Yr wyf yn dy fedyddio di yn Enw’r Tad a’r Mab a’r Ysbryd Glân.
Amen.
Yna gall pawb ddweud Gweddi’r Arglwydd a’r Gras.
Rhaid i bwy bynnag a weinyddodd fedydd preifat mewn argyfwng wneud cofnod gofalus o ddyddiad a lleoliad y bedydd
ac o’r y person a fedyddiwyd. Dylid anfon y manylion at offeiriad y plwyf yn ddi-oed.
Cofnodir y bedydd yng nghofrestr y bedyddiadau yn y modd arferol.
Mainc yr Esgobion
31 Mawrth 2020

Passion Sunday

Today is Passion Sunday, the fifth Sunday of Lent and the beginning of Passiontide. The word comes from the Latin word passio, meaning suffering, as remembrance of the terrible death of Jesus draws near during these last two weeks of Lent. As the global pandemic of Covid-19 continues to inflict such worldwide suffering, Passiontide may have an added significance for many this year. These extraordinary times can bring out both the best and the worst in those living through them, as headline events have shown – and perhaps we shouldn’t be too surprised about what’s happening. For it’s also forty years since Archbishop Oscar Romero was martyred for speaking out about human rights violations in El Salvador and, as he said: “The word of God is like the light of the sun: it illuminates beautiful things but also things we would rather not see”.
The word of God set for today as the Gospel is John 11:1-45 and, in it, sisters Mary and Martha send a message to Jesus about their brother Lazarus: “Lord, the one you love is sick”. Later, after Lazarus has died, the shortest Bible verse tells us that “Jesus wept”, reminding us that this is no automaton, but One who feels pain, sorrow and grief just as we do. 
It may be that, today, we are worried about our loved ones being or becoming sick, fearful that we will catch Covid-19 and anxious about all that is being enforced in our lives and what may lie ahead. Perhaps we, too, weep as did Jesus. Oscar Romero’s words remind us that there are things we would rather not see or have to deal with – but, each day, God’s word and our prayers will also show us beautiful things being illuminated too. At times like this, we have consciously to look for them and not allow negativity or hopelessness to overshadow them – amidst the suffering, what are the beautiful things you have also seen recently? 
The photo is of a Celtic cross placed on the altar here at St Melangell’s this Passion Sunday as a statement of hope in the circumstances we all now face. Melangell’s story suggests that she may have spent possibly ten solitary years in the valley before her encounter with Brochwel – may her example hearten us as weeks and possibly months of confinement and restriction lie ahead. The cross has four figures detailed on it and could represent those we bring to God in prayer as Passiontide begins. This season may focus on the passion of Jesus, but it also eventually leads on to a new way of being which we may also discover when Covid-19 is eventually overcome, as it will be. Even as the ongoing suffering and the death of his loved ones is acknowledged by Jesus, he also proclaims the future hope and unfolding beauty of the resurrection life to which his death would, in time, lead. His words also speak to us as we face all that lies ahead:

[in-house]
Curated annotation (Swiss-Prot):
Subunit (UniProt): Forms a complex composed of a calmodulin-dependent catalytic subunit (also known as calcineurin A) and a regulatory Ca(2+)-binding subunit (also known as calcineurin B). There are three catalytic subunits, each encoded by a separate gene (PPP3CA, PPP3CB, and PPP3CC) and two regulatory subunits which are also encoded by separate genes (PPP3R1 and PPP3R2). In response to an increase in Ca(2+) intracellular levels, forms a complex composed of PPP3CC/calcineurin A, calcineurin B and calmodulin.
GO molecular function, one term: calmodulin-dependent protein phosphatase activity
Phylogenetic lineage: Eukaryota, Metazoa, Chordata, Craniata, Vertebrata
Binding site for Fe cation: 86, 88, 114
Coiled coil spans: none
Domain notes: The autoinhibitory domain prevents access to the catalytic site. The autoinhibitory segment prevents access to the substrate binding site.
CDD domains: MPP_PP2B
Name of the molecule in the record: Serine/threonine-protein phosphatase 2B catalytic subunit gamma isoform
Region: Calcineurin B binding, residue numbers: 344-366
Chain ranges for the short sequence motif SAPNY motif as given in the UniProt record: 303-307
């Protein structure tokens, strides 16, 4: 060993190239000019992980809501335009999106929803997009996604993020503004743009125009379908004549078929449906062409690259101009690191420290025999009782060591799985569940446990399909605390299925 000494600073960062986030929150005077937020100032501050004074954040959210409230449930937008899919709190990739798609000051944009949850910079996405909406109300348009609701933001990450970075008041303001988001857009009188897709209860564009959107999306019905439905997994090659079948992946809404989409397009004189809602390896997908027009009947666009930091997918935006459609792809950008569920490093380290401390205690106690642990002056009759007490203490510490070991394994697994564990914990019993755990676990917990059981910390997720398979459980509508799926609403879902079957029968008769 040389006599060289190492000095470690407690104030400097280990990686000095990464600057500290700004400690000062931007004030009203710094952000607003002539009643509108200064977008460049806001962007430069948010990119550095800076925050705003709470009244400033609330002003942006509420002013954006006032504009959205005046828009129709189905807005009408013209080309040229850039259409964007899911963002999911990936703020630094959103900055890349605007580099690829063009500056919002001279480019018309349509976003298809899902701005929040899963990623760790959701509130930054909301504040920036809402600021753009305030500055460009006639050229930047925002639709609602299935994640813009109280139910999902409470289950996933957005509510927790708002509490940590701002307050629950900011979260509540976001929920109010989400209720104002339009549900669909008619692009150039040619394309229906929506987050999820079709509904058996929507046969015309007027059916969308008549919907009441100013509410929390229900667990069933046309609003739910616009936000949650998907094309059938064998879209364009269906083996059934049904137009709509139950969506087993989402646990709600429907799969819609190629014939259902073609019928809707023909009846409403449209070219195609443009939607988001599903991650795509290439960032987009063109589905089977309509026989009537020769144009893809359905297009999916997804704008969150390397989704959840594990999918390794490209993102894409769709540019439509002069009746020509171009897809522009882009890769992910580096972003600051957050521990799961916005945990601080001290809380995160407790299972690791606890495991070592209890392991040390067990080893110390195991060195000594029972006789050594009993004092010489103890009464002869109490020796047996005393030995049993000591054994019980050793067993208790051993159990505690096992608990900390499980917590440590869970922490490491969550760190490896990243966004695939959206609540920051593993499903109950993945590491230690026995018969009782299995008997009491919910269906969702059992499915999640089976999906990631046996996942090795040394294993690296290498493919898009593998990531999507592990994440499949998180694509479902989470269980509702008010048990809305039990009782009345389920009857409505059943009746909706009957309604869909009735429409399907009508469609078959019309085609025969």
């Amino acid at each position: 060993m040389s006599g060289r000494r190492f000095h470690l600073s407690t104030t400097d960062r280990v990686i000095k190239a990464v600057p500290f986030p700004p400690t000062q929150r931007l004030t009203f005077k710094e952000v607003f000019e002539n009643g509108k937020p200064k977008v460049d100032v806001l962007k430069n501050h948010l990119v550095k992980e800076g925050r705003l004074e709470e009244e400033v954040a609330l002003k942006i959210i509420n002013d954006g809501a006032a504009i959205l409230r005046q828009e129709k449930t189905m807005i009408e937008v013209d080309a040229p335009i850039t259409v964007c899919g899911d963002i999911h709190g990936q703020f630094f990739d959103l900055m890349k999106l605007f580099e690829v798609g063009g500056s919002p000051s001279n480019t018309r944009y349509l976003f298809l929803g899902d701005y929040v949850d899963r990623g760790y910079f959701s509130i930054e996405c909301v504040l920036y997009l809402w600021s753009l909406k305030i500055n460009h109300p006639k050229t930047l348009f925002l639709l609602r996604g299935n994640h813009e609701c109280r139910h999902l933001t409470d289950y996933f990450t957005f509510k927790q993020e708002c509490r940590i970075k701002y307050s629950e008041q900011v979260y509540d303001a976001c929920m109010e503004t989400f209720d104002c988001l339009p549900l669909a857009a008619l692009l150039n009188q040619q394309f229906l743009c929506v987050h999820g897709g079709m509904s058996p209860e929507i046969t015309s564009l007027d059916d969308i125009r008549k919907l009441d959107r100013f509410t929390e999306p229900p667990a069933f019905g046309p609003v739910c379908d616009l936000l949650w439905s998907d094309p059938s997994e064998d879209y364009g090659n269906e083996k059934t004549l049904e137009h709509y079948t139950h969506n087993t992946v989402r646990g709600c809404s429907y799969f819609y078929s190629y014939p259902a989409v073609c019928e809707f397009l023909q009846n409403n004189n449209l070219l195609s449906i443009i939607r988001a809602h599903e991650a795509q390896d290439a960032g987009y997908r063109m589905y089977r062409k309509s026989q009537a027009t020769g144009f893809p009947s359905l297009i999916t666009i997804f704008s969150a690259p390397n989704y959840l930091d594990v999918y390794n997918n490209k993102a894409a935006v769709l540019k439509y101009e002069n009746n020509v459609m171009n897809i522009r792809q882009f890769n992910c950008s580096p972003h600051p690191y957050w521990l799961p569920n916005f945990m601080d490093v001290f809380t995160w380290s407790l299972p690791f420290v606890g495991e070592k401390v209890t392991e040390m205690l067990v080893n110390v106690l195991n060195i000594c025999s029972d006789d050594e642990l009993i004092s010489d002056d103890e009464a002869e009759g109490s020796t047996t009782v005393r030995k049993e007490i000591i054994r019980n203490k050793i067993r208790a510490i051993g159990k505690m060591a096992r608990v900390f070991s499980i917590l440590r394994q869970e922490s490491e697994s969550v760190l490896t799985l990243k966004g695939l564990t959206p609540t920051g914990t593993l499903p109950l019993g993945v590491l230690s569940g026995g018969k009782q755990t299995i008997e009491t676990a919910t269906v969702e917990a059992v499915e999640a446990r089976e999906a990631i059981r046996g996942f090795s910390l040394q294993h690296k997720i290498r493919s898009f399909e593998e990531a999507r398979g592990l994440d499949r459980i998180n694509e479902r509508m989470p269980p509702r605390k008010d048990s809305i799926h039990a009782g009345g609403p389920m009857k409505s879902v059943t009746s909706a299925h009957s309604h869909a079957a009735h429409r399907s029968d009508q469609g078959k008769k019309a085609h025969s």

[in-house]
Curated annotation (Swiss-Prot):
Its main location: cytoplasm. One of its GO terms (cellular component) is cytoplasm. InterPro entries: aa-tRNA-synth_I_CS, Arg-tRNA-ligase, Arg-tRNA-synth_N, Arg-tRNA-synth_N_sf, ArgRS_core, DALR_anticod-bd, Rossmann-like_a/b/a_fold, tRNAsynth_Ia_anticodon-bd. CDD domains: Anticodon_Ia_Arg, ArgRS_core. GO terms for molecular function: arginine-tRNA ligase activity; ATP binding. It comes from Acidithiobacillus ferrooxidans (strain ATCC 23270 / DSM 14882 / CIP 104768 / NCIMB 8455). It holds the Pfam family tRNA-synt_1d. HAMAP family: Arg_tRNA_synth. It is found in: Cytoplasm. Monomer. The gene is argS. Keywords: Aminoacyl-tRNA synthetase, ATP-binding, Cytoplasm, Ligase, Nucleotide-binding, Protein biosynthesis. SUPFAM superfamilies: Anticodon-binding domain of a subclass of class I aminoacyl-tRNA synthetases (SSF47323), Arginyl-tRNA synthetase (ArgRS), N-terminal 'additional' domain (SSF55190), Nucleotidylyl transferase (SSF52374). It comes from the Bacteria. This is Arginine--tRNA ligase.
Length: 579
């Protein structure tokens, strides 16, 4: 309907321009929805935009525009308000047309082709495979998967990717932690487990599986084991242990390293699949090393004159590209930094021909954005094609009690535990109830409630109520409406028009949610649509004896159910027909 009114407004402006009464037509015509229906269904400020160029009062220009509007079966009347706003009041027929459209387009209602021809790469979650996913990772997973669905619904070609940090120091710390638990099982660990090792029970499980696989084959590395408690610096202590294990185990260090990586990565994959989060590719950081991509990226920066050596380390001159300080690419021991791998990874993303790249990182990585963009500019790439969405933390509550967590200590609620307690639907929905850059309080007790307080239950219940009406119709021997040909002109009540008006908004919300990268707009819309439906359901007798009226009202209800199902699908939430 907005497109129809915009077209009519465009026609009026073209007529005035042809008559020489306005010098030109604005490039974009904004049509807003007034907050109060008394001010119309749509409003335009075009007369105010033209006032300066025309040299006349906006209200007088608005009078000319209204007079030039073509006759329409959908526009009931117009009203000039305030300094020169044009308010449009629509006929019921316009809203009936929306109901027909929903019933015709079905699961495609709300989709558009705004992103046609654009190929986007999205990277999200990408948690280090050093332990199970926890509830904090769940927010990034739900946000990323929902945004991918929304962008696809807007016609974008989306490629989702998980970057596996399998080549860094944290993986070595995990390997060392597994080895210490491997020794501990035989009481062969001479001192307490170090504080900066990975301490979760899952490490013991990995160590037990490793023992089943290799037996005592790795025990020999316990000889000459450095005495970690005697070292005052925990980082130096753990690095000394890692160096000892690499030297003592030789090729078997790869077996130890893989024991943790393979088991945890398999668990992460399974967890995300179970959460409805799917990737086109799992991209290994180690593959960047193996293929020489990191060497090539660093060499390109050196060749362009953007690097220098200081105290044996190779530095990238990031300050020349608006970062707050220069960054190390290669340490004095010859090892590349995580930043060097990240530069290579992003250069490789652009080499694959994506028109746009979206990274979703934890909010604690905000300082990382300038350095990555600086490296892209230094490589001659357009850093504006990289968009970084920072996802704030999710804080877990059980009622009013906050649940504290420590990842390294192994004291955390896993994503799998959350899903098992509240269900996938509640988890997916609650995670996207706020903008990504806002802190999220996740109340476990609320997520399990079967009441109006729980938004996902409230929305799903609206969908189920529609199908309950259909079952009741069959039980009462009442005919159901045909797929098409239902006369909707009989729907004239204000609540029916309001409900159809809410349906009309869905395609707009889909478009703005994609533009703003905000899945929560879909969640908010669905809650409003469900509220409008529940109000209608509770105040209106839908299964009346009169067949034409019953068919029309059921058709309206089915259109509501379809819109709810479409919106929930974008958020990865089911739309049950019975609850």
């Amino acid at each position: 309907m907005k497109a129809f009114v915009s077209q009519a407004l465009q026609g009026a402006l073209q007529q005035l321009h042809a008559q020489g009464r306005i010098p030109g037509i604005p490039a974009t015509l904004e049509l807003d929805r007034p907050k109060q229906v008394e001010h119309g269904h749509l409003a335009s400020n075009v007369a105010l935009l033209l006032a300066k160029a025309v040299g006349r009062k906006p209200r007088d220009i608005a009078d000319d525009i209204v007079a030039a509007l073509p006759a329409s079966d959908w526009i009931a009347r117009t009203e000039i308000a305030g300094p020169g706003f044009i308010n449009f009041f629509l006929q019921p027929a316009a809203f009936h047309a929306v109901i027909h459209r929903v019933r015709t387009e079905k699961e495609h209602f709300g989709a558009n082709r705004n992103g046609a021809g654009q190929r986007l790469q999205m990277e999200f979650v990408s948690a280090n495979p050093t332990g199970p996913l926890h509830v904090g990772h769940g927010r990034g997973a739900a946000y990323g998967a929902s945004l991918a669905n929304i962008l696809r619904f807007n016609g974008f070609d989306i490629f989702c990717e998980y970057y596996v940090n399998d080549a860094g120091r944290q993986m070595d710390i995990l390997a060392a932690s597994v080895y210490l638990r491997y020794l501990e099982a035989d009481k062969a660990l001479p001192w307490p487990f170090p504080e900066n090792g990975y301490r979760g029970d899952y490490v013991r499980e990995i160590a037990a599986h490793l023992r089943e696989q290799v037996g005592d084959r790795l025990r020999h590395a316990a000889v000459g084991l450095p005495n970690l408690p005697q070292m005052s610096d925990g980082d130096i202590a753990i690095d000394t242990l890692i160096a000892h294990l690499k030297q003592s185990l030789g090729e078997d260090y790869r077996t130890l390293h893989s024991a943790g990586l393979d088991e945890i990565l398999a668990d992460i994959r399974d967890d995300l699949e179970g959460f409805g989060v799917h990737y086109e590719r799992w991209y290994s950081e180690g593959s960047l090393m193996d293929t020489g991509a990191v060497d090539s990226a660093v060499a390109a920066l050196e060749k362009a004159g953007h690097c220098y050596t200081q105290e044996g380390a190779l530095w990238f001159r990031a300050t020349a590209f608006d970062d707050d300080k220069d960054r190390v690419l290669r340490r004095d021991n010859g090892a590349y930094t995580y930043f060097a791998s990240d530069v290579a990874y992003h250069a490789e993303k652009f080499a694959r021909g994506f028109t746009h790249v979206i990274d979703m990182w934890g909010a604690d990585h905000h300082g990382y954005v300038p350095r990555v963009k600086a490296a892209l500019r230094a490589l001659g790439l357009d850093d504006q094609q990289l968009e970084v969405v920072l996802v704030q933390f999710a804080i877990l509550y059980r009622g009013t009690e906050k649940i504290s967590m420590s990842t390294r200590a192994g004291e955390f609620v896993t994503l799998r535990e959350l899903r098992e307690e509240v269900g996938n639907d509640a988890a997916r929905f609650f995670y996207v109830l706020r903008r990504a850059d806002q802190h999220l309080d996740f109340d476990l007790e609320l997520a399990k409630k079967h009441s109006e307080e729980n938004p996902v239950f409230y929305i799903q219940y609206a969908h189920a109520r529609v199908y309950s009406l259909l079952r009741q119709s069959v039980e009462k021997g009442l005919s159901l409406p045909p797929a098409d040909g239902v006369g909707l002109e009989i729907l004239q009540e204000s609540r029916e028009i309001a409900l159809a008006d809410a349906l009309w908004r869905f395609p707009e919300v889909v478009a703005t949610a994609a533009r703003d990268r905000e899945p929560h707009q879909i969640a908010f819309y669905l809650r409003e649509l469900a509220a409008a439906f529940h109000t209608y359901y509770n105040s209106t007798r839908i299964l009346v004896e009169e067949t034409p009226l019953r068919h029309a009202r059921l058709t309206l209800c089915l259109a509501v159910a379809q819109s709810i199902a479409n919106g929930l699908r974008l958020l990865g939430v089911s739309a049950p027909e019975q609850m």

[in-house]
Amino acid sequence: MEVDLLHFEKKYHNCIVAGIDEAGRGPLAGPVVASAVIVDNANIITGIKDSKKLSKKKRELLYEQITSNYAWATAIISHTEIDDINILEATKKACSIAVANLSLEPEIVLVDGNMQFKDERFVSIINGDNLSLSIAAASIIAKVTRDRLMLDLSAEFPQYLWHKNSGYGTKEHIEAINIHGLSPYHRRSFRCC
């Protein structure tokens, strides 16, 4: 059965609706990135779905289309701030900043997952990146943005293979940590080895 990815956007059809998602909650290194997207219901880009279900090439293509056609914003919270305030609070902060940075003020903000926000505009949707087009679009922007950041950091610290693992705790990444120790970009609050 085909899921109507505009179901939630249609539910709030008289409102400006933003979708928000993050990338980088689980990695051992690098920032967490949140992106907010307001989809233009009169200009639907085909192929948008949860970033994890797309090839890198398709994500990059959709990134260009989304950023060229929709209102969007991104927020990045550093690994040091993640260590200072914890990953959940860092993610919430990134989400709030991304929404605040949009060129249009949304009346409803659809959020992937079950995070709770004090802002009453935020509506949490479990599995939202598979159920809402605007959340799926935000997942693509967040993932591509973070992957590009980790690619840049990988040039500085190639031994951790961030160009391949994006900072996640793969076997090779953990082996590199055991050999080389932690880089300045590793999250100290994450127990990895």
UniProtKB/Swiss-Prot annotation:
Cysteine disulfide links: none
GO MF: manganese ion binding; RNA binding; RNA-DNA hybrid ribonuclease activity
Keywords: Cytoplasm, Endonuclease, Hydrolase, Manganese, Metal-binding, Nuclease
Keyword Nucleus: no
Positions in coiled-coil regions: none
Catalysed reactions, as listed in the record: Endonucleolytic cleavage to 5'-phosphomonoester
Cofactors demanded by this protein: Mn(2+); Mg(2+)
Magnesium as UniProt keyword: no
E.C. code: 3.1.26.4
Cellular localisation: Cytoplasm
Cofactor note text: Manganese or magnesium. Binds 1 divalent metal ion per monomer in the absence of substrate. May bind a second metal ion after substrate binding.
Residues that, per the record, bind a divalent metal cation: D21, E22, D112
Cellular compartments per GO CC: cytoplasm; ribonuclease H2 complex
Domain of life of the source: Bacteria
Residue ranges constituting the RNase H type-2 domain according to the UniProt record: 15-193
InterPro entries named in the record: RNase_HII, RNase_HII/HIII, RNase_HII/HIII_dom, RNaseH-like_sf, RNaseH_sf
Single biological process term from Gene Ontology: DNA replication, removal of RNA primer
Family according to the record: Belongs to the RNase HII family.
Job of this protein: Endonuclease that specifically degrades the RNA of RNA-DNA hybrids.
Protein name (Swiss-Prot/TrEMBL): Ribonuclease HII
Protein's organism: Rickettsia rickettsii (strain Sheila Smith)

“I am the resurrection and the life. Those who believe in me will live, even though they die; and those who live and believe in me will never die. Do you believe this?”
With my prayers,
Chris
Priest Guardian.

Pastoral Guidance

CORONAVIRUS – COVID19
FURTHER PASTORAL GUIDANCE
FROM THE BENCH OF BISHOPS OF THE CHURCH IN WALES
EFFECTIVE UNTIL FURTHER NOTICE
The background
The Prime Minister has told us all that, in order to slow the spread of coronavirus at this critical time, we
must stay at home other than for very limited purposes about which helpful guidance has been given.
We may go outside:
• To shop for basic necessities, for example food and medicine, but should do so as infrequently as
possible.
• For health reasons, medical need, or to provide care or help for a vulnerable person.
• For one form of exercise a day, for example a run, walk, or cycle, alone or with members of our
household.
• For travel to and from essential work, as defined by the government, and only where this work
cannot be done from home.
If leaving home:
• We must stay 2 metres – about 6 feet – away from other people.
• We should wash our hands on returning home.
Church buildings
We know that our churches have always been places of sanctuary, peace and wellbeing. However, it is now
clear that health and healing are best served by church buildings being closed. All church buildings should
therefore be closed until further notice. This means churches should not be open for solitary prayer. Any
exception from this action (other than as noted below) should only take place with the diocesan bishop’s
express permission.
Where worship is to be broadcast or recorded, it is preferable to do so from home. Clergy who live
immediately adjacent to churches may do so from the church, but the doors should be locked and others
should not be invited to be present.
An exception may be made, if necessary, to open church buildings to host existing foodbanks, soup kitchens